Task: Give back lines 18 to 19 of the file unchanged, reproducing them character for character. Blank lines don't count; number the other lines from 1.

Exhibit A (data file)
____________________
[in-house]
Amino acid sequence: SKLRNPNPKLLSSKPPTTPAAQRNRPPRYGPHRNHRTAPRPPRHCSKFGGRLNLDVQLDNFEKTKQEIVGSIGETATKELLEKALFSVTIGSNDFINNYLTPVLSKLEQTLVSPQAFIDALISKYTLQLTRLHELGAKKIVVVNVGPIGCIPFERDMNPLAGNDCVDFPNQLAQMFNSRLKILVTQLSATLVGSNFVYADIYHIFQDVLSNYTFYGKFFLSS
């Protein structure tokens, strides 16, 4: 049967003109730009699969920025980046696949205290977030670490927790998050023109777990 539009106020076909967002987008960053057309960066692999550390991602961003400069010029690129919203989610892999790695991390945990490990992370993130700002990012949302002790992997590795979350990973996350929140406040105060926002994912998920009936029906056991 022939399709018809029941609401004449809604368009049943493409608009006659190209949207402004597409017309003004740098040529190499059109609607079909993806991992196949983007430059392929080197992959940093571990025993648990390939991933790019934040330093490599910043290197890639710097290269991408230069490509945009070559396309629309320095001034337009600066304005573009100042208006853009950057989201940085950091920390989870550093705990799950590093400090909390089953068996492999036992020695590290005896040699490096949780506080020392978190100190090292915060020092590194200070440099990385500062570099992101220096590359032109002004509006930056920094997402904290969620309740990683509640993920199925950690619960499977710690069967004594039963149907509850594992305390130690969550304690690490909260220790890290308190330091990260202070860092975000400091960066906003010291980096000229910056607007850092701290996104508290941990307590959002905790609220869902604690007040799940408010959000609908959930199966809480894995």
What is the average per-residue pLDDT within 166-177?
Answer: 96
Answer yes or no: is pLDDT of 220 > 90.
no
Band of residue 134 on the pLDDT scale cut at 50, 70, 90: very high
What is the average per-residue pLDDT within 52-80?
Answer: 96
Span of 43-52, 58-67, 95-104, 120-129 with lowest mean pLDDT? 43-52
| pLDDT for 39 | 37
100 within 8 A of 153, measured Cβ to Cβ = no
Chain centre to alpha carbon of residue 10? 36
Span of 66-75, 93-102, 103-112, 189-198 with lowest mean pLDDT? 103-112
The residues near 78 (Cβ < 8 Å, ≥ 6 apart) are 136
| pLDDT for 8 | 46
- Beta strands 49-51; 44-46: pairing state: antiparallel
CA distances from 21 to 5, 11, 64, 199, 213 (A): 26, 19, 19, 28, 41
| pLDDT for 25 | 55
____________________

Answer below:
- Beta strands 49-51; 44-46: pairing state: antiparallel
CA distances from 21 to 5, 11, 64, 199, 213 (A): 26, 19, 19, 28, 41